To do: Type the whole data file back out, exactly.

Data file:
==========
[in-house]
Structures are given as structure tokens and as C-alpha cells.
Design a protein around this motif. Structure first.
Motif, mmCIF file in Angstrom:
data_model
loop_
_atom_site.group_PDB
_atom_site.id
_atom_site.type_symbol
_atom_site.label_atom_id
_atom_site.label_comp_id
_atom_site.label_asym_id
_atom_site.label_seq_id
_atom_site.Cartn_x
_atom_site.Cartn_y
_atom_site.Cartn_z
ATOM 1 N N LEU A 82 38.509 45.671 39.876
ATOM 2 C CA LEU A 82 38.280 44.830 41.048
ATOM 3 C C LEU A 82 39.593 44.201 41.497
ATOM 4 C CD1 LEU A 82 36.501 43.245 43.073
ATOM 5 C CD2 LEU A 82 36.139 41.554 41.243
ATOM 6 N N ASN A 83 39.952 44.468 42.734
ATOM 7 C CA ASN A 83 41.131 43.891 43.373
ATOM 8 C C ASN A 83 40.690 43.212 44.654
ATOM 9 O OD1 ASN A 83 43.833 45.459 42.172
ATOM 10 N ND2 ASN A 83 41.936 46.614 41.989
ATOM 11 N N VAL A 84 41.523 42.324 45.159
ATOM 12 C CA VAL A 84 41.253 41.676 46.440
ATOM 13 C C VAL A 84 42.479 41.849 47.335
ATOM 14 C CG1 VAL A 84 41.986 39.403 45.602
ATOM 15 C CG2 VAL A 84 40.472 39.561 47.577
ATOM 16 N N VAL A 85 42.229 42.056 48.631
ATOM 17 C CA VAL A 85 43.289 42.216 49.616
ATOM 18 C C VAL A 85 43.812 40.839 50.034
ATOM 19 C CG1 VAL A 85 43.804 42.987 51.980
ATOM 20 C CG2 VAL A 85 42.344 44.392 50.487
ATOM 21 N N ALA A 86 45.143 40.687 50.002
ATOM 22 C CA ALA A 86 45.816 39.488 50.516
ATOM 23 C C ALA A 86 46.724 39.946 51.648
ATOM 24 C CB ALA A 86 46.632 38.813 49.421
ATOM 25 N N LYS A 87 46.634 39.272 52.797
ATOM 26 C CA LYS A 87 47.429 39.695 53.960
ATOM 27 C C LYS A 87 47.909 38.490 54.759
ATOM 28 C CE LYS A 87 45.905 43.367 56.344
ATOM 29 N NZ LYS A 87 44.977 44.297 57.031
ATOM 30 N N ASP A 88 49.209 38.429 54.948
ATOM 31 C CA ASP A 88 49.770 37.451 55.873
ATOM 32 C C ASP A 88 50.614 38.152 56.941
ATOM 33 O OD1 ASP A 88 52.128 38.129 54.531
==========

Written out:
[in-house]
Structures are given as structure tokens and as C-alpha cells.
Design a protein around this motif. Structure first.
Motif, mmCIF file in Angstrom:
data_model
loop_
_atom_site.group_PDB
_atom_site.id
_atom_site.type_symbol
_atom_site.label_atom_id
_atom_site.label_comp_id
_atom_site.label_asym_id
_atom_site.label_seq_id
_atom_site.Cartn_x
_atom_site.Cartn_y
_atom_site.Cartn_z
ATOM 1 N N LEU A 82 38.509 45.671 39.876
ATOM 2 C CA LEU A 82 38.280 44.830 41.048
ATOM 3 C C LEU A 82 39.593 44.201 41.497
ATOM 4 C CD1 LEU A 82 36.501 43.245 43.073
ATOM 5 C CD2 LEU A 82 36.139 41.554 41.243
ATOM 6 N N ASN A 83 39.952 44.468 42.734
ATOM 7 C CA ASN A 83 41.131 43.891 43.373
ATOM 8 C C ASN A 83 40.690 43.212 44.654
ATOM 9 O OD1 ASN A 83 43.833 45.459 42.172
ATOM 10 N ND2 ASN A 83 41.936 46.614 41.989
ATOM 11 N N VAL A 84 41.523 42.324 45.159
ATOM 12 C CA VAL A 84 41.253 41.676 46.440
ATOM 13 C C VAL A 84 42.479 41.849 47.335
ATOM 14 C CG1 VAL A 84 41.986 39.403 45.602
ATOM 15 C CG2 VAL A 84 40.472 39.561 47.577
ATOM 16 N N VAL A 85 42.229 42.056 48.631
ATOM 17 C CA VAL A 85 43.289 42.216 49.616
ATOM 18 C C VAL A 85 43.812 40.839 50.034
ATOM 19 C CG1 VAL A 85 43.804 42.987 51.980
ATOM 20 C CG2 VAL A 85 42.344 44.392 50.487
ATOM 21 N N ALA A 86 45.143 40.687 50.002
ATOM 22 C CA ALA A 86 45.816 39.488 50.516
ATOM 23 C C ALA A 86 46.724 39.946 51.648
ATOM 24 C CB ALA A 86 46.632 38.813 49.421
ATOM 25 N N LYS A 87 46.634 39.272 52.797
ATOM 26 C CA LYS A 87 47.429 39.695 53.960
ATOM 27 C C LYS A 87 47.909 38.490 54.759
ATOM 28 C CE LYS A 87 45.905 43.367 56.344
ATOM 29 N NZ LYS A 87 44.977 44.297 57.031
ATOM 30 N N ASP A 88 49.209 38.429 54.948
ATOM 31 C CA ASP A 88 49.770 37.451 55.873
ATOM 32 C C ASP A 88 50.614 38.152 56.941
ATOM 33 O OD1 ASP A 88 52.128 38.129 54.531